There are more buyers and sellers in a wider UK housing market than at the time of the EU referendum a little over a year ago, according to a new survey by property website Rightmove.
The survey found the number of sales agreed up by 4.6% in June 2017 compared with June 2016 – with over 45% of estate agents’ property stock now being sold subject to contract.
Cumulative sales agreed during 2017 are almost on a par with the same period in 2016, down by 0.4%.
The first six months of last year was boosted by the rush to beat the April 2016 stamp duty deadline.
Miles Shipside, Rightmove director and housing market analyst, said the fundamentals of the market remained strong: “Low unemployment, low interest rates, strong demand and historic undersupply of homes are mitigating any wobbles in confidence and as a result nearly half the properties on the market, over 45%, have sold signs slapped across them.”
The survey shows that the national average asking price for a first home buy has dropped by 1.7% since last month to £196,450 – a figure that is still higher than a year ago.
And the first-time buyer sector is the highest riser in the market during 2017.
Stretched buyer affordability continues to act as a price brake.
Though all regions have seen year-on-year price rises, the national average stands at a ‘relatively subdued’ increase of 2.8% to £316,421.
A survey from the Royal Institution of Chartered Surveyors (Rics) published last week showed that the average number of properties available per agency branch had fallen to an all-time low in June, at just over 42.
Brian Murphy, head of lending for Mortgage Advice Bureau, added: “The average time to sell, standing at 60 days in this month’s [Rightmove] report, has remained broadly unchanged now for the last quarter, and also points to market consistency in most areas that again flies in the face of some who might suggest that the market is in negative territory.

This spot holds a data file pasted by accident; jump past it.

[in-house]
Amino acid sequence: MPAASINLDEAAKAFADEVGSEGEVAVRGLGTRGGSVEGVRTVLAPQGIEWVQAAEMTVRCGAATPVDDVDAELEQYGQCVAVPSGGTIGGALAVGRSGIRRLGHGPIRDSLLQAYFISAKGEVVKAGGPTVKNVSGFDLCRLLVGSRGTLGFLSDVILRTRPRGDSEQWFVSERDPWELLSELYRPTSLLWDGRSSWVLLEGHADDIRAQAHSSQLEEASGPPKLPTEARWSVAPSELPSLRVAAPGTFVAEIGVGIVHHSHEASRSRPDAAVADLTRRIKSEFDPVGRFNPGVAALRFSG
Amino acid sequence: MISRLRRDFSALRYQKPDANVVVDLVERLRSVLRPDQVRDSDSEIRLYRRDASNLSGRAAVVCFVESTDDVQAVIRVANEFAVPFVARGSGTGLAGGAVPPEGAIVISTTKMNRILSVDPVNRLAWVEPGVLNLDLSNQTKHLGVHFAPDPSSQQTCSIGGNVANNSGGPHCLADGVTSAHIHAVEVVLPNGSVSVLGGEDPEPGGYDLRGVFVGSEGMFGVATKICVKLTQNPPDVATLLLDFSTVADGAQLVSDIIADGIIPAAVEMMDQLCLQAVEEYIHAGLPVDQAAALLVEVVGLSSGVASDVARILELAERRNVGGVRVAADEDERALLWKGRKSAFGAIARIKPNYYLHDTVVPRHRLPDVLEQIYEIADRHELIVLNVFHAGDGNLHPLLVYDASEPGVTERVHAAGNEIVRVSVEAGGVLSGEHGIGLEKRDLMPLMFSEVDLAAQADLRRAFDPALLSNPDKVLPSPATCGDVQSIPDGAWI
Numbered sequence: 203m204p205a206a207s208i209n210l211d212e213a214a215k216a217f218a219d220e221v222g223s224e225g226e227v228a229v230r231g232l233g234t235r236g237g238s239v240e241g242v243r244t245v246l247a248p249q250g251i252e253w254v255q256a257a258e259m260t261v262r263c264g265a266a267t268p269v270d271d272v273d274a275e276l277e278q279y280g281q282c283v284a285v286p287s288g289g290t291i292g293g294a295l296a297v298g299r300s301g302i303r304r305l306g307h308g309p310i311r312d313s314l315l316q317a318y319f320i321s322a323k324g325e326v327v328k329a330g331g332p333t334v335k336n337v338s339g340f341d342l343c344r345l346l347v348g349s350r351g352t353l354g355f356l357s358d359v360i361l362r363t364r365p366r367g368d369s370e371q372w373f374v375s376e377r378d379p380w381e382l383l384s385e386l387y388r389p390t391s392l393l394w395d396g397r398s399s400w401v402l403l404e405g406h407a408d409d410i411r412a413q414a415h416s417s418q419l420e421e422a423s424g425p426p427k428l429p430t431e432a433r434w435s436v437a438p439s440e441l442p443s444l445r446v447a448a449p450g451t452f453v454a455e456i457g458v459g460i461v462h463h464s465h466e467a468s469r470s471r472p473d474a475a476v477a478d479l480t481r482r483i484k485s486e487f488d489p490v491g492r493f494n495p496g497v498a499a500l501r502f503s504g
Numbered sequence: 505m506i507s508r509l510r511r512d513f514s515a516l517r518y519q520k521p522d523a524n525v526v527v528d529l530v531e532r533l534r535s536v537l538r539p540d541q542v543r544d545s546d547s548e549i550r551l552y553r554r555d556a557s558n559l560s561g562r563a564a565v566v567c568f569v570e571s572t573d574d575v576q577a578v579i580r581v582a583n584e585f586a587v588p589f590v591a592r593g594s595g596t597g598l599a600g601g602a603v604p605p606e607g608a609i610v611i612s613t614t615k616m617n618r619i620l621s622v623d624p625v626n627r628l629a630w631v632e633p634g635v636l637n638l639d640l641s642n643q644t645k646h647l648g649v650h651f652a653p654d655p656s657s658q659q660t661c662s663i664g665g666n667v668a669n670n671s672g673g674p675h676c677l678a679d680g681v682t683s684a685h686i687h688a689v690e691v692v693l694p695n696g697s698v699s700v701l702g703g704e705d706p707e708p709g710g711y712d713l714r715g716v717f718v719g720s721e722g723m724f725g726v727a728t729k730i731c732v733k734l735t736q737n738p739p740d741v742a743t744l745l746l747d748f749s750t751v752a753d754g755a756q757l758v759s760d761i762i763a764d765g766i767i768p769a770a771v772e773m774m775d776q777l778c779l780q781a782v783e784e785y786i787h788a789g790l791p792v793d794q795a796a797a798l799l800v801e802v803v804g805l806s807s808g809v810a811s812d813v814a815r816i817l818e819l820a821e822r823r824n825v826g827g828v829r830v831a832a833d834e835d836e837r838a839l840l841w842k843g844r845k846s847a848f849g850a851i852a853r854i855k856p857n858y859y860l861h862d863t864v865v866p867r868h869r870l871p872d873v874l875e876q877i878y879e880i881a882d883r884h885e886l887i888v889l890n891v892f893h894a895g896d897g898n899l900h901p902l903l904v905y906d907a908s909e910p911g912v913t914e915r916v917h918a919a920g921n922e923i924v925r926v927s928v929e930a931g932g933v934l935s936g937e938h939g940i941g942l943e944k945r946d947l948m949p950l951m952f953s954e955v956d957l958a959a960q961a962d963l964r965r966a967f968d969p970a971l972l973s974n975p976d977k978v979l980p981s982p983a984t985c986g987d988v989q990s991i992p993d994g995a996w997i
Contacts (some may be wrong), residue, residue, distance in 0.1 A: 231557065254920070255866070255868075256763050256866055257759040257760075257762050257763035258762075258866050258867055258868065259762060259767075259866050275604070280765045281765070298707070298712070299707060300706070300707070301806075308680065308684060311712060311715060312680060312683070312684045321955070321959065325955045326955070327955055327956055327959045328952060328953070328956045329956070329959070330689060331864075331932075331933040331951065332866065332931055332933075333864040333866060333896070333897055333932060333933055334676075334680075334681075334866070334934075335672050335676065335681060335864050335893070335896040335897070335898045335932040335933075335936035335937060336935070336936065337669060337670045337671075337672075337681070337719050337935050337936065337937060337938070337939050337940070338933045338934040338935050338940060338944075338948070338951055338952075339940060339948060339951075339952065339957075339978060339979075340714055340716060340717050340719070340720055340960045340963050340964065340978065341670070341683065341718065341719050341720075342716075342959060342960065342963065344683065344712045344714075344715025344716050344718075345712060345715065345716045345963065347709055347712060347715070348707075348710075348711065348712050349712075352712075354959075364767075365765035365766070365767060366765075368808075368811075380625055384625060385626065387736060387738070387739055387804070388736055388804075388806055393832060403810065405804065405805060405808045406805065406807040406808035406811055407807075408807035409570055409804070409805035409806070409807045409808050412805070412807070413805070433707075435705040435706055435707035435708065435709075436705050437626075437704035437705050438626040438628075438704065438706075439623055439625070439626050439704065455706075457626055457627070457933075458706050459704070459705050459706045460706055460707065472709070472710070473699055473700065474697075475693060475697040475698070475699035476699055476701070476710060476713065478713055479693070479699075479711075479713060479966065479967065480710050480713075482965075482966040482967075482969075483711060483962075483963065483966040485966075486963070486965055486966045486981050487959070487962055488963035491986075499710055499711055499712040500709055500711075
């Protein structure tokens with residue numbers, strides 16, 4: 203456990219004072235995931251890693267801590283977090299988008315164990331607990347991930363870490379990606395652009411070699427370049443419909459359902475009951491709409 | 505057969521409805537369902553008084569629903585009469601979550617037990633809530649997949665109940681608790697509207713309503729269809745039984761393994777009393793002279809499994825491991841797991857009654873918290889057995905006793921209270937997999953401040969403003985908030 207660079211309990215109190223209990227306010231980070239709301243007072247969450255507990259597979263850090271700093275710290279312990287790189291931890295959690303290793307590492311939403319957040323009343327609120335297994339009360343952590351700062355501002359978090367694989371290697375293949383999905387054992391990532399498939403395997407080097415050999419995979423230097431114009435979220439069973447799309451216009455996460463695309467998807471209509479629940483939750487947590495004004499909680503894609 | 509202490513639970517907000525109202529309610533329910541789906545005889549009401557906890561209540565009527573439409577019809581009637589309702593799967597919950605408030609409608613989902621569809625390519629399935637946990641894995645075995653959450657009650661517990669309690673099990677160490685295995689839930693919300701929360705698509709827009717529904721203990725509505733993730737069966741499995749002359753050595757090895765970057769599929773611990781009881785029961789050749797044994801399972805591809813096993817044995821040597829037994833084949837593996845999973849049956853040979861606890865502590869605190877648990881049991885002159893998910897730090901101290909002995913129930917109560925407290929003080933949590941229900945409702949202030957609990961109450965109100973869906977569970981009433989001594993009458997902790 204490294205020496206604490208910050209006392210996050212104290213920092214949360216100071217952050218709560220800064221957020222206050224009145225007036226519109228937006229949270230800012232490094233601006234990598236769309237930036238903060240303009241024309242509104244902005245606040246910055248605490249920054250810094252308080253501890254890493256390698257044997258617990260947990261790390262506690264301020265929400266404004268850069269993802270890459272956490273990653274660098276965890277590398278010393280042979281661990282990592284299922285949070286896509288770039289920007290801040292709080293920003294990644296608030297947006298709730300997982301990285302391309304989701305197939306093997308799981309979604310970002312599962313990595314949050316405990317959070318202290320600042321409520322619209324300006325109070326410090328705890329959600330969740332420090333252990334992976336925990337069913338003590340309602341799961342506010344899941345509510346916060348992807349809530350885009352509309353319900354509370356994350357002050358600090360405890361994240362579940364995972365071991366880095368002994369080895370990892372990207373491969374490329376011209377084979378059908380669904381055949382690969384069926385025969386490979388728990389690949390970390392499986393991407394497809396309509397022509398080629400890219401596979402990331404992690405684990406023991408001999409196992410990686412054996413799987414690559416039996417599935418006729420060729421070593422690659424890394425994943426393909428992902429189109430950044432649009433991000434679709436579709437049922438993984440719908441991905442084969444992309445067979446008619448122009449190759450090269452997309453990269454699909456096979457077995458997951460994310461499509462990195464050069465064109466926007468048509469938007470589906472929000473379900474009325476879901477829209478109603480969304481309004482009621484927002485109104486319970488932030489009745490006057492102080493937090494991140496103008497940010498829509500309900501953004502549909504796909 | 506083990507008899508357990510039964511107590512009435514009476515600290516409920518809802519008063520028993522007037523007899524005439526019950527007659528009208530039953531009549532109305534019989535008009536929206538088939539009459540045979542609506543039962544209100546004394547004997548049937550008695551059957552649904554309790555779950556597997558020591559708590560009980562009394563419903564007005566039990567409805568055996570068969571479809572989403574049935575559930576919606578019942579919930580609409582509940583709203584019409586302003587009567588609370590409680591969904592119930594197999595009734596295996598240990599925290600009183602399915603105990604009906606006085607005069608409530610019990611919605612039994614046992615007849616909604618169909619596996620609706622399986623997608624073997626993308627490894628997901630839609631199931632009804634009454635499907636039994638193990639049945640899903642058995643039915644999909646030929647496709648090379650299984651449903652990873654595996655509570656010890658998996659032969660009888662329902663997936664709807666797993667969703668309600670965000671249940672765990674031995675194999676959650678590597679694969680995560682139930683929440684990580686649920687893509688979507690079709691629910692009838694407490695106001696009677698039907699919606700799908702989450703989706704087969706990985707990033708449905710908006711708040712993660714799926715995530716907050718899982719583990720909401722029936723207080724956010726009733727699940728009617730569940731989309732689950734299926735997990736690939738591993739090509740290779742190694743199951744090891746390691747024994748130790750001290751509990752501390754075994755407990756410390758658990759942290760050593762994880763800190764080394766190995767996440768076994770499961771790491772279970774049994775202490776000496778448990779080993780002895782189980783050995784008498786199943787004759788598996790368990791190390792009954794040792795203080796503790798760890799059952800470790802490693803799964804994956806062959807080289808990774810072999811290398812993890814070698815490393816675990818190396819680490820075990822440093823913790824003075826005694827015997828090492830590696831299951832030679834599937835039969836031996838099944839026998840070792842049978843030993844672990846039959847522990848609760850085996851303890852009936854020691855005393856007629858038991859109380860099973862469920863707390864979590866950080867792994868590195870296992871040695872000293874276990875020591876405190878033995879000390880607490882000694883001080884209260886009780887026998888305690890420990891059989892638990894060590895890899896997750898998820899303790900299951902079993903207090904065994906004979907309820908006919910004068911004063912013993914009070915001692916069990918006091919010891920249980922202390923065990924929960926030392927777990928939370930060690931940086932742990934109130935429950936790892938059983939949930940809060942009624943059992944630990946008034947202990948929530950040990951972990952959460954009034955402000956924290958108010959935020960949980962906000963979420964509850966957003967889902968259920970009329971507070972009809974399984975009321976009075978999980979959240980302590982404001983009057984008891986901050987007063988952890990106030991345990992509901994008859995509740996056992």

“Quite to the contrary, all of these indicators would point to a calm, steady and functioning UK market, with perhaps those consumers who did decide to ‘wait and see’ in the lead up the election now deciding to simply get on with their move, adding yet more motivated movers into the mix in most parts of the UK.”
Overall, the survey shows the West Midlands as experiencing the greatest price rises in England and Wales during 2017 – 6.1% higher than last year.
Next best performer is the East Midlands, with price growth of 4.9% followed by Yorkshire and Humber at 4.1%.
The weakest growth outside of central London over the past 12 months is in Greater London on 0.9%, followed by the North East with 1.6%.
Russell Quirk, founder and CEO of eMoov.co.uk, said the signs of seller interest were ‘encouraging’ in at least picking back up post-election.
“Although the current parliamentary situation is far from strong and stable, we’re already seeing elections blues sidelined and the market return to a semblance of normality now that some of the dust of political uncertainty has started to settle.
“We saw a similar hangover from the EU Referendum in which the market took a good month or so before kicking back into action.
“It is likely that should these figures ring true, we could see a reverse in the cooling price trends reported over the last month or so, but heightened seller activity must be matched on the buyer’s side of the market in order for this to happen, otherwise, we could see the reverse.
“After all, Rightmove’s data is based largely on listed stock and asking prices and is just a mere toe dip into the UK property market pool and it doesn’t necessarily portray the overall temperature of the market as a sale agreed doesn’t guarantee it will be completed.”